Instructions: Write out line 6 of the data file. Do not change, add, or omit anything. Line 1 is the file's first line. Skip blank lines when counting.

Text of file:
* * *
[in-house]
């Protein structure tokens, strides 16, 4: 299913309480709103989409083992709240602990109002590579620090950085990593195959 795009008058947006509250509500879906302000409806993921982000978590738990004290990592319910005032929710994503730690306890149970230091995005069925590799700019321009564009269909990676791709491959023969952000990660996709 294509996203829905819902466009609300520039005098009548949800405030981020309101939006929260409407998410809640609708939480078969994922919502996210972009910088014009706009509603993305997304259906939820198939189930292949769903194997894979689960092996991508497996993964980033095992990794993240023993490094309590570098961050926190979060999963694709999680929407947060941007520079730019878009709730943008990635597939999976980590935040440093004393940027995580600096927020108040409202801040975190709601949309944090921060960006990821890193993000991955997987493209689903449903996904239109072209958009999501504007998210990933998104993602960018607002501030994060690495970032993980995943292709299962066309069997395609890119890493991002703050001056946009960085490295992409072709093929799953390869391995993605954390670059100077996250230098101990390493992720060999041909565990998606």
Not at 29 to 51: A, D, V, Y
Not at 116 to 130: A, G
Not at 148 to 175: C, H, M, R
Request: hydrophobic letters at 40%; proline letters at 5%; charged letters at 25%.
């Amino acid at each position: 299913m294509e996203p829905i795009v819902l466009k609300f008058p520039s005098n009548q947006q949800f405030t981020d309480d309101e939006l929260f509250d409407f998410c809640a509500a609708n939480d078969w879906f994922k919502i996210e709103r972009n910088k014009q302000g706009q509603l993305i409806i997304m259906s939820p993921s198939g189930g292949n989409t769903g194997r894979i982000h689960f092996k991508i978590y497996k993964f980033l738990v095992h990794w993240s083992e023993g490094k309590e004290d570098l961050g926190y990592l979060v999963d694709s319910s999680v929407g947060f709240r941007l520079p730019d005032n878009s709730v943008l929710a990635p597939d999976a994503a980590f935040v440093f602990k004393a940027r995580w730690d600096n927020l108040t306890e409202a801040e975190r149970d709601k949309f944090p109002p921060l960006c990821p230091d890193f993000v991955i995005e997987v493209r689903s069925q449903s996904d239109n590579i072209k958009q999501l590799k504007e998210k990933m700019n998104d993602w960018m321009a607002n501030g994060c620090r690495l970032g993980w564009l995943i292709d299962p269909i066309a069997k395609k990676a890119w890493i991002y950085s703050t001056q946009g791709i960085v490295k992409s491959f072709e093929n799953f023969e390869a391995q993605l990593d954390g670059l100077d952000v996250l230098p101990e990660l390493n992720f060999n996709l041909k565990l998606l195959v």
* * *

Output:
Request: hydrophobic letters at 40%; proline letters at 5%; charged letters at 25%.